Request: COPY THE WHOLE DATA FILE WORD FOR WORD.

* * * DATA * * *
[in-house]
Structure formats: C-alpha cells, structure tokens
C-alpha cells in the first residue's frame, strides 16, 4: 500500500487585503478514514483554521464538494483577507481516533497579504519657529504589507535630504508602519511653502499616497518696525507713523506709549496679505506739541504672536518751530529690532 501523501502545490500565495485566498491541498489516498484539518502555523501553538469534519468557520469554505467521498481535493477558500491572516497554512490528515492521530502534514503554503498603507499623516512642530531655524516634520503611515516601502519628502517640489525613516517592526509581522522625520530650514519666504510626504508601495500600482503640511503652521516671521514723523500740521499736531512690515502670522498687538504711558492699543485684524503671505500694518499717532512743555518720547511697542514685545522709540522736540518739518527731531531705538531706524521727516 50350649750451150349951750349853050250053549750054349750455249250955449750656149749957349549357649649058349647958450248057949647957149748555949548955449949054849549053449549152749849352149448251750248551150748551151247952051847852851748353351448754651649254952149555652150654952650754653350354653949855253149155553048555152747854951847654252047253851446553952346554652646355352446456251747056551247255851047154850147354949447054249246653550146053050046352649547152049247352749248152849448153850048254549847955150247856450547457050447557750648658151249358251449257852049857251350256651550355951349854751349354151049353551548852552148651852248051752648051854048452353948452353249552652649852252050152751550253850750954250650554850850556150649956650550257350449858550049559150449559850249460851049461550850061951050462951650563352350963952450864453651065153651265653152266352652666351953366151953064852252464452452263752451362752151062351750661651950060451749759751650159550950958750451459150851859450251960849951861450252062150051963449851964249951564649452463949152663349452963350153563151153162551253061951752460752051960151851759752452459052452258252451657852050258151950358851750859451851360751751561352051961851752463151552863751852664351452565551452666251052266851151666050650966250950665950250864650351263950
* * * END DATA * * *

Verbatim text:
[in-house]
Structure formats: C-alpha cells, structure tokens
C-alpha cells in the first residue's frame, strides 16, 4: 500500500487585503478514514483554521464538494483577507481516533497579504519657529504589507535630504508602519511653502499616497518696525507713523506709549496679505506739541504672536518751530529690532 501523501502545490500565495485566498491541498489516498484539518502555523501553538469534519468557520469554505467521498481535493477558500491572516497554512490528515492521530502534514503554503498603507499623516512642530531655524516634520503611515516601502519628502517640489525613516517592526509581522522625520530650514519666504510626504508601495500600482503640511503652521516671521514723523500740521499736531512690515502670522498687538504711558492699543485684524503671505500694518499717532512743555518720547511697542514685545522709540522736540518739518527731531531705538531706524521727516 50350649750451150349951750349853050250053549750054349750455249250955449750656149749957349549357649649058349647958450248057949647957149748555949548955449949054849549053449549152749849352149448251750248551150748551151247952051847852851748353351448754651649254952149555652150654952650754653350354653949855253149155553048555152747854951847654252047253851446553952346554652646355352446456251747056551247255851047154850147354949447054249246653550146053050046352649547152049247352749248152849448153850048254549847955150247856450547457050447557750648658151249358251449257852049857251350256651550355951349854751349354151049353551548852552148651852248051752648051854048452353948452353249552652649852252050152751550253850750954250650554850850556150649956650550257350449858550049559150449559850249460851049461550850061951050462951650563352350963952450864453651065153651265653152266352652666351953366151953064852252464452452263752451362752151062351750661651950060451749759751650159550950958750451459150851859450251960849951861450252062150051963449851964249951564649452463949152663349452963350153563151153162551253061951752460752051960151851759752452459052452258252451657852050258151950358851750859451851360751751561352051961851752463151552863751852664351452565551452666251052266851151666050650966250950665950250864650351263950